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Darfur: UN Relocates Non-Essential Staff

Amid Mounting Concern in North Darfur, UN Temporarily Relocates Non-Essential Staff

New York, Dec 6 2006 6:00PM

The United Nations and non-governmental organizations (NGOs) have temporarily relocated their non-essential staff from the North Darfur provincial capital of El Fasher amid heightened security concerns because of recent clashes between militia groups and other armed movements.

In a news update from Khartoum, the UN Mission in Sudan (UNMIS) reported that a total of 134 staff (comprising 82 from the UN and 42 from NGOs) were relocated last night to the Sudanese capital.

About 200 UN staff and many NGO workers have stayed behind in El Fasher to ensure that humanitarian operations in the area can continue, and the UN Office for the Coordination of Humanitarian Affairs (OCHA) said there should no be significant impact on the delivery of relief and assistance.

UNMIS stated that at least eight people were killed on Monday in clashes between an Arab militia and a section of the Sudan Liberation Army (SLA) linked to the leader Minni Minawi. The clashes took place after the militia invaded El Fasher’s cattle market, opening fire and harassing locals.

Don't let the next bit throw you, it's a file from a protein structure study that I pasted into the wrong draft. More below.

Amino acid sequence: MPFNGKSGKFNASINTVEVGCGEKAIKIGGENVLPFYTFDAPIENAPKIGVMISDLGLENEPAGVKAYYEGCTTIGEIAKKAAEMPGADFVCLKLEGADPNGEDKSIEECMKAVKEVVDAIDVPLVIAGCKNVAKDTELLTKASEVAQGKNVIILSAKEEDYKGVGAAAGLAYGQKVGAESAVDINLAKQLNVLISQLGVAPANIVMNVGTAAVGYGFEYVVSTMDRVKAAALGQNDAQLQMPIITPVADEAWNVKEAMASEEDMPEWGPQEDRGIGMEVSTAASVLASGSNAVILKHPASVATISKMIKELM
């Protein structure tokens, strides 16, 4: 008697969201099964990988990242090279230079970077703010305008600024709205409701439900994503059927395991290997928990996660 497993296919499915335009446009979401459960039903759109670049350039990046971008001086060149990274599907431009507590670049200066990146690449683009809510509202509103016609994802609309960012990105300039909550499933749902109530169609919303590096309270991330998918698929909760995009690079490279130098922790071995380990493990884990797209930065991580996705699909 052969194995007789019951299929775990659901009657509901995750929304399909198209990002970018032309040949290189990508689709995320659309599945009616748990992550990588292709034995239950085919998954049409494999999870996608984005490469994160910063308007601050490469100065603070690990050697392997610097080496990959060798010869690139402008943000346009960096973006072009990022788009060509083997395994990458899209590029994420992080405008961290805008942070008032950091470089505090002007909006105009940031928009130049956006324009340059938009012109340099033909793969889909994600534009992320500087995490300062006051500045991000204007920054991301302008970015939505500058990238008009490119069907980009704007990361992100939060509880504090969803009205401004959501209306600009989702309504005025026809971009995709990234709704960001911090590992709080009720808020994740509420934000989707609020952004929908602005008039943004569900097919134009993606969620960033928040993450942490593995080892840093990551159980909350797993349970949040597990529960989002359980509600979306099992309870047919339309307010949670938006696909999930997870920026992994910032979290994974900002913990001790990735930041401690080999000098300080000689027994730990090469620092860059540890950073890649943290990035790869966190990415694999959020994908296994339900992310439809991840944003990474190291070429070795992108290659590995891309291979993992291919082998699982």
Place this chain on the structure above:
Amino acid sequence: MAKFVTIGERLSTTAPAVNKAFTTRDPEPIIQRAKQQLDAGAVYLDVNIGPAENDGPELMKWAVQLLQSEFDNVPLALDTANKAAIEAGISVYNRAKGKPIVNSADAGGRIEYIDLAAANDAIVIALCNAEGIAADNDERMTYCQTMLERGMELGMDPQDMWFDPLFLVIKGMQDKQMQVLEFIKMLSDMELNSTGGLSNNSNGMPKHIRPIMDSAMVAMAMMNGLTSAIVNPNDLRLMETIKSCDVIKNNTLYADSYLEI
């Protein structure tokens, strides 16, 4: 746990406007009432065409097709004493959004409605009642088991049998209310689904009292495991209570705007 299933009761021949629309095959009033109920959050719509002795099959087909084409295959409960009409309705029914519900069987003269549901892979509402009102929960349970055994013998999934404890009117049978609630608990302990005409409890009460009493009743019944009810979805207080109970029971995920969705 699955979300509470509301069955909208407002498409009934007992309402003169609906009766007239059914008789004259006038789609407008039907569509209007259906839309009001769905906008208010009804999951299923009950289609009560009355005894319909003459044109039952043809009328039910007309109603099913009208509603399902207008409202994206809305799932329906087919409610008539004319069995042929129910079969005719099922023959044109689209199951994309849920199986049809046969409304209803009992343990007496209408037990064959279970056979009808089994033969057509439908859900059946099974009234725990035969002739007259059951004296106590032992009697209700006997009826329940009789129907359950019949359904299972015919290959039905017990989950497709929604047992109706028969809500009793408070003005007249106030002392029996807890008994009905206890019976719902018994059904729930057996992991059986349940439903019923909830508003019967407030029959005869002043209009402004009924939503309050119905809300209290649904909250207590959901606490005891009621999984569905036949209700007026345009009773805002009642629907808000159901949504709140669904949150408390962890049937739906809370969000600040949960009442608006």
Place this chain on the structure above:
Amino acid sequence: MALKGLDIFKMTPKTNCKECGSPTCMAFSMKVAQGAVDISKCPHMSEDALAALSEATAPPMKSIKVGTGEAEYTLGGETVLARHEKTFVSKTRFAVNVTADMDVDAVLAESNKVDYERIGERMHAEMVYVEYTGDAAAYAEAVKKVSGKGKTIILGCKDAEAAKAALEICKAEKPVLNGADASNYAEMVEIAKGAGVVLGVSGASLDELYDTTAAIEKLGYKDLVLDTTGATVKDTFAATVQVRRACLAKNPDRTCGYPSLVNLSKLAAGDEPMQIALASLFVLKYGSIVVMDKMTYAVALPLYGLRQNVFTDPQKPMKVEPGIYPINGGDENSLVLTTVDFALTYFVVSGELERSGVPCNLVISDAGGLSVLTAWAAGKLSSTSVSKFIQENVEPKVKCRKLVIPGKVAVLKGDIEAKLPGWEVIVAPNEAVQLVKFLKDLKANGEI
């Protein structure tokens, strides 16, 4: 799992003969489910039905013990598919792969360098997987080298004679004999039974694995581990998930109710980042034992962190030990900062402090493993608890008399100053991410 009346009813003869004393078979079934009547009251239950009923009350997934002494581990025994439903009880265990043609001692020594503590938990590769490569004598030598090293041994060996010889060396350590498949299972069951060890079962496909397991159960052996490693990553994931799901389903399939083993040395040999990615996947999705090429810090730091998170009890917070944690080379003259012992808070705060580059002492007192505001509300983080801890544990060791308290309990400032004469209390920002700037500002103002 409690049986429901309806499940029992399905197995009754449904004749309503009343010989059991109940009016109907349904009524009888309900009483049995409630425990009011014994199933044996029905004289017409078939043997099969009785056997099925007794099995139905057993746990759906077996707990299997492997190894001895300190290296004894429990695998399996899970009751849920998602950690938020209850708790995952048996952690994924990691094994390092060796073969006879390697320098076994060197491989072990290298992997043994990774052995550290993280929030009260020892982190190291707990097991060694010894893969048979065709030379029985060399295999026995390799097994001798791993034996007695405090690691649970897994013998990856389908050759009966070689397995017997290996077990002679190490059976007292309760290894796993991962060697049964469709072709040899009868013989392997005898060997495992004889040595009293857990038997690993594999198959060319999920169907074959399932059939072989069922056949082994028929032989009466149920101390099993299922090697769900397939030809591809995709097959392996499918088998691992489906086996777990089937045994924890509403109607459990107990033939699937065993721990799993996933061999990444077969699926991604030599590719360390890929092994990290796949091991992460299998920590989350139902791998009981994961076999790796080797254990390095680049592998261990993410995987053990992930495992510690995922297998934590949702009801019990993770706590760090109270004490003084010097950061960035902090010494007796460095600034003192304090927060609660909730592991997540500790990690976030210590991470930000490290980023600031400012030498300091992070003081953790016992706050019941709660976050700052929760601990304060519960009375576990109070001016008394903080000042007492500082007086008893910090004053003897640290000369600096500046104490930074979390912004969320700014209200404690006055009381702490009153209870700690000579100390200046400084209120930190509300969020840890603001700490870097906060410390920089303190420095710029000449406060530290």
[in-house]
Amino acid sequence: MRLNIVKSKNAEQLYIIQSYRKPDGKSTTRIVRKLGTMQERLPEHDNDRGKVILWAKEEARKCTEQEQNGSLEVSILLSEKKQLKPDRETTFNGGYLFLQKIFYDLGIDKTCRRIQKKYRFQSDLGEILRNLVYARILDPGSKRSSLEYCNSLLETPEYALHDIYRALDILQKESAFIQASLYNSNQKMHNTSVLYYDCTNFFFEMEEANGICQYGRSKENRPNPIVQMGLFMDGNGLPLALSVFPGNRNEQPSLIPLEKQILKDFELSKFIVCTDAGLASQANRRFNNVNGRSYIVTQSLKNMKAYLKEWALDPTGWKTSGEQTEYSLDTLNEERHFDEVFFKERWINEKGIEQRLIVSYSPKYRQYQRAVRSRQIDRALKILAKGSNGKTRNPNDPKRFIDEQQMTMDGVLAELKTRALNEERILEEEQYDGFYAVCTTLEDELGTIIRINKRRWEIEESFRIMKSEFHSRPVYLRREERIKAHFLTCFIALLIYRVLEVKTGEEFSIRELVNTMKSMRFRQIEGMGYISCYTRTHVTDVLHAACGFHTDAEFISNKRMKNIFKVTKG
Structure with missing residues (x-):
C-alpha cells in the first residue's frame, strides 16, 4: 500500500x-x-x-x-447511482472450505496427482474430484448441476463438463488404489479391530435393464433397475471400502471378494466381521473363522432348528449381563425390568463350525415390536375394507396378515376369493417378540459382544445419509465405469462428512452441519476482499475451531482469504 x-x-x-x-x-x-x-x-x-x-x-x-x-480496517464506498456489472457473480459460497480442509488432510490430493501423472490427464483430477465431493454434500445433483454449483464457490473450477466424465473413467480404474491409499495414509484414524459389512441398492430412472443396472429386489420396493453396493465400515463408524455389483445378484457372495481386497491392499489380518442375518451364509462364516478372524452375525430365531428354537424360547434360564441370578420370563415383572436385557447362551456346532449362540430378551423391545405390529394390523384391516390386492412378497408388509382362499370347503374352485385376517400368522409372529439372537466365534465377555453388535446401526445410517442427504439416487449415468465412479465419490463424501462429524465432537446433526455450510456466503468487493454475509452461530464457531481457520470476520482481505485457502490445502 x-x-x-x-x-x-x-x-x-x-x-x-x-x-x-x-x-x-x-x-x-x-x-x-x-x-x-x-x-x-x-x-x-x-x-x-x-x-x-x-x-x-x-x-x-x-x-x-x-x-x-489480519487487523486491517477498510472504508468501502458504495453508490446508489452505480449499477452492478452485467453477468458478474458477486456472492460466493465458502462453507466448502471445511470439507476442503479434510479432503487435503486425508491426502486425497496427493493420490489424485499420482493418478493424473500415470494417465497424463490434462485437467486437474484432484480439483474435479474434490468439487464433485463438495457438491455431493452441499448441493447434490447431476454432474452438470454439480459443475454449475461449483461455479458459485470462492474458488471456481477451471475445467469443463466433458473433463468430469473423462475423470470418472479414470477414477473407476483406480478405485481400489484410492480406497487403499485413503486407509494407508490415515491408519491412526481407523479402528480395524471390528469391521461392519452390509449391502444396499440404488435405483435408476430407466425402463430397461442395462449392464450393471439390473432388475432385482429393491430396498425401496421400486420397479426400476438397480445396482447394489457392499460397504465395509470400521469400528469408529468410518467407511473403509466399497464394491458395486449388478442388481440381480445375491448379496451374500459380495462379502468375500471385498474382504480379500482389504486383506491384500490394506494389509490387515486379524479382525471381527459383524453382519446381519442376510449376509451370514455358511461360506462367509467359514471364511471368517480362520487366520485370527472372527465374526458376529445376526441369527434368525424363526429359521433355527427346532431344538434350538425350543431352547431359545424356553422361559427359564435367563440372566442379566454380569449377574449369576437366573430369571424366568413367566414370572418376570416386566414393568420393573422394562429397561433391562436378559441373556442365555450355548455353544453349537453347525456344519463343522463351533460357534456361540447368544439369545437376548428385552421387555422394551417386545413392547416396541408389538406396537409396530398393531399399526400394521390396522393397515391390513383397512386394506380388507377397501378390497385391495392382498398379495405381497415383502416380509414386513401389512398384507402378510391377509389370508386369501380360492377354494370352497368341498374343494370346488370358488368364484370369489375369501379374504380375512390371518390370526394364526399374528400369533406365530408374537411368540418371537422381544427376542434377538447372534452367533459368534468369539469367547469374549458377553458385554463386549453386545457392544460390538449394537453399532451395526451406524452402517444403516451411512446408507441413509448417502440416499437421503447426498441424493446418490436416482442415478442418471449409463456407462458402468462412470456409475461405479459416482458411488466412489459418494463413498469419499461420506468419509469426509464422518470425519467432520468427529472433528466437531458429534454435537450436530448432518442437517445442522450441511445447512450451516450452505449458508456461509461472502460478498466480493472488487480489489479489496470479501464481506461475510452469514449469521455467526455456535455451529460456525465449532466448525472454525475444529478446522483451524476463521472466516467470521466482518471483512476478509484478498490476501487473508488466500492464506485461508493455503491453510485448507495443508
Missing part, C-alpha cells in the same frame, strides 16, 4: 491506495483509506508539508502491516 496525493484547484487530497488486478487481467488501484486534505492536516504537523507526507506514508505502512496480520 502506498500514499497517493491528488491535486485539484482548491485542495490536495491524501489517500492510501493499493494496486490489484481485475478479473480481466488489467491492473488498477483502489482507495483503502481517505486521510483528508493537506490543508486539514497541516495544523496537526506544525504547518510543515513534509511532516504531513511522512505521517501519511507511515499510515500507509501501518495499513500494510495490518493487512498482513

Citing information from the African Union (AU), which conducts the peace operation in Darfur known as AMIS, the Mission said the security situation inside El Fasher remains extremely tense, with gunshots heard yesterday, most shops closed, and few people out on the streets. There are also reports circulating of a possible attack on the town by a coalition of rebel forces.

The clashes in and around El Fasher follow a reported series of attacks by Government forces and an allied militia on a North Darfur village on Friday and Saturday that culminated in the burning of the homes and the looting of the residents’ livestock.

More than 200,000 people are estimated to have been killed and another 2 million forced to flee their homes because of fighting across Darfur, a vast and impoverished region on Sudan’s western flank, since 2003.


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